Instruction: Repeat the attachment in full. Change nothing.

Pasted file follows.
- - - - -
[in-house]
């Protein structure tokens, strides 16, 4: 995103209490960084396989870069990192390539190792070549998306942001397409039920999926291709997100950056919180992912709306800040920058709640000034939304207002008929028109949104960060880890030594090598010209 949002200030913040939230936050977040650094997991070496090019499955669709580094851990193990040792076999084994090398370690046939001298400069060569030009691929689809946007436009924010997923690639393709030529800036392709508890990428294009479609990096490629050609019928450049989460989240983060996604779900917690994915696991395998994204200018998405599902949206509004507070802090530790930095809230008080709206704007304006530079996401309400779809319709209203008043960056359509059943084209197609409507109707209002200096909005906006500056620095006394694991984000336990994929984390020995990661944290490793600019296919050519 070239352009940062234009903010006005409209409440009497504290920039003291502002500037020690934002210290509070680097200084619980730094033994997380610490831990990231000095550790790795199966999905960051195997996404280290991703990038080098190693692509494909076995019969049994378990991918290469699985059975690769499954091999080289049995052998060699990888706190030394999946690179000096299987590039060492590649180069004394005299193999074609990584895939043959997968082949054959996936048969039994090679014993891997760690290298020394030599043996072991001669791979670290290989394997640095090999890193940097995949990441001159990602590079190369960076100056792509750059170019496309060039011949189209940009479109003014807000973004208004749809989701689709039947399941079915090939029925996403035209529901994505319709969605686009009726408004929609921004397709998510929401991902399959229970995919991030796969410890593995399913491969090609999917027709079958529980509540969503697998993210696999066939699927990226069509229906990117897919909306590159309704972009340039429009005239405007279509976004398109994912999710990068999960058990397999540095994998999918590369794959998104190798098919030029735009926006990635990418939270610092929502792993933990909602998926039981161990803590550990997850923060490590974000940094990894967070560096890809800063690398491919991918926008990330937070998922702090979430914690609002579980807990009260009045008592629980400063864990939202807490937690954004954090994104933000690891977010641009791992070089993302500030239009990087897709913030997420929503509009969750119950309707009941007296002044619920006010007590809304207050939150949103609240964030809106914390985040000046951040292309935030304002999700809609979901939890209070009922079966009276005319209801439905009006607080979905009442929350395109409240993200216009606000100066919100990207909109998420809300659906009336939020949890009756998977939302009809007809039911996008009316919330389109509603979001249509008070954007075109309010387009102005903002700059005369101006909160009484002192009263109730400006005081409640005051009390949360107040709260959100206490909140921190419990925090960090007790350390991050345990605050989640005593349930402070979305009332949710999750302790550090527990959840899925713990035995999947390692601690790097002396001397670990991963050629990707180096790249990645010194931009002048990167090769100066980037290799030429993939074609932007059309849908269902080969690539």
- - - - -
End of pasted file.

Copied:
[in-house]
């Protein structure tokens, strides 16, 4: 995103209490960084396989870069990192390539190792070549998306942001397409039920999926291709997100950056919180992912709306800040920058709640000034939304207002008929028109949104960060880890030594090598010209 949002200030913040939230936050977040650094997991070496090019499955669709580094851990193990040792076999084994090398370690046939001298400069060569030009691929689809946007436009924010997923690639393709030529800036392709508890990428294009479609990096490629050609019928450049989460989240983060996604779900917690994915696991395998994204200018998405599902949206509004507070802090530790930095809230008080709206704007304006530079996401309400779809319709209203008043960056359509059943084209197609409507109707209002200096909005906006500056620095006394694991984000336990994929984390020995990661944290490793600019296919050519 070239352009940062234009903010006005409209409440009497504290920039003291502002500037020690934002210290509070680097200084619980730094033994997380610490831990990231000095550790790795199966999905960051195997996404280290991703990038080098190693692509494909076995019969049994378990991918290469699985059975690769499954091999080289049995052998060699990888706190030394999946690179000096299987590039060492590649180069004394005299193999074609990584895939043959997968082949054959996936048969039994090679014993891997760690290298020394030599043996072991001669791979670290290989394997640095090999890193940097995949990441001159990602590079190369960076100056792509750059170019496309060039011949189209940009479109003014807000973004208004749809989701689709039947399941079915090939029925996403035209529901994505319709969605686009009726408004929609921004397709998510929401991902399959229970995919991030796969410890593995399913491969090609999917027709079958529980509540969503697998993210696999066939699927990226069509229906990117897919909306590159309704972009340039429009005239405007279509976004398109994912999710990068999960058990397999540095994998999918590369794959998104190798098919030029735009926006990635990418939270610092929502792993933990909602998926039981161990803590550990997850923060490590974000940094990894967070560096890809800063690398491919991918926008990330937070998922702090979430914690609002579980807990009260009045008592629980400063864990939202807490937690954004954090994104933000690891977010641009791992070089993302500030239009990087897709913030997420929503509009969750119950309707009941007296002044619920006010007590809304207050939150949103609240964030809106914390985040000046951040292309935030304002999700809609979901939890209070009922079966009276005319209801439905009006607080979905009442929350395109409240993200216009606000100066919100990207909109998420809300659906009336939020949890009756998977939302009809007809039911996008009316919330389109509603979001249509008070954007075109309010387009102005903002700059005369101006909160009484002192009263109730400006005081409640005051009390949360107040709260959100206490909140921190419990925090960090007790350390991050345990605050989640005593349930402070979305009332949710999750302790550090527990959840899925713990035995999947390692601690790097002396001397670990991963050629990707180096790249990645010194931009002048990167090769100066980037290799030429993939074609932007059309849908269902080969690539």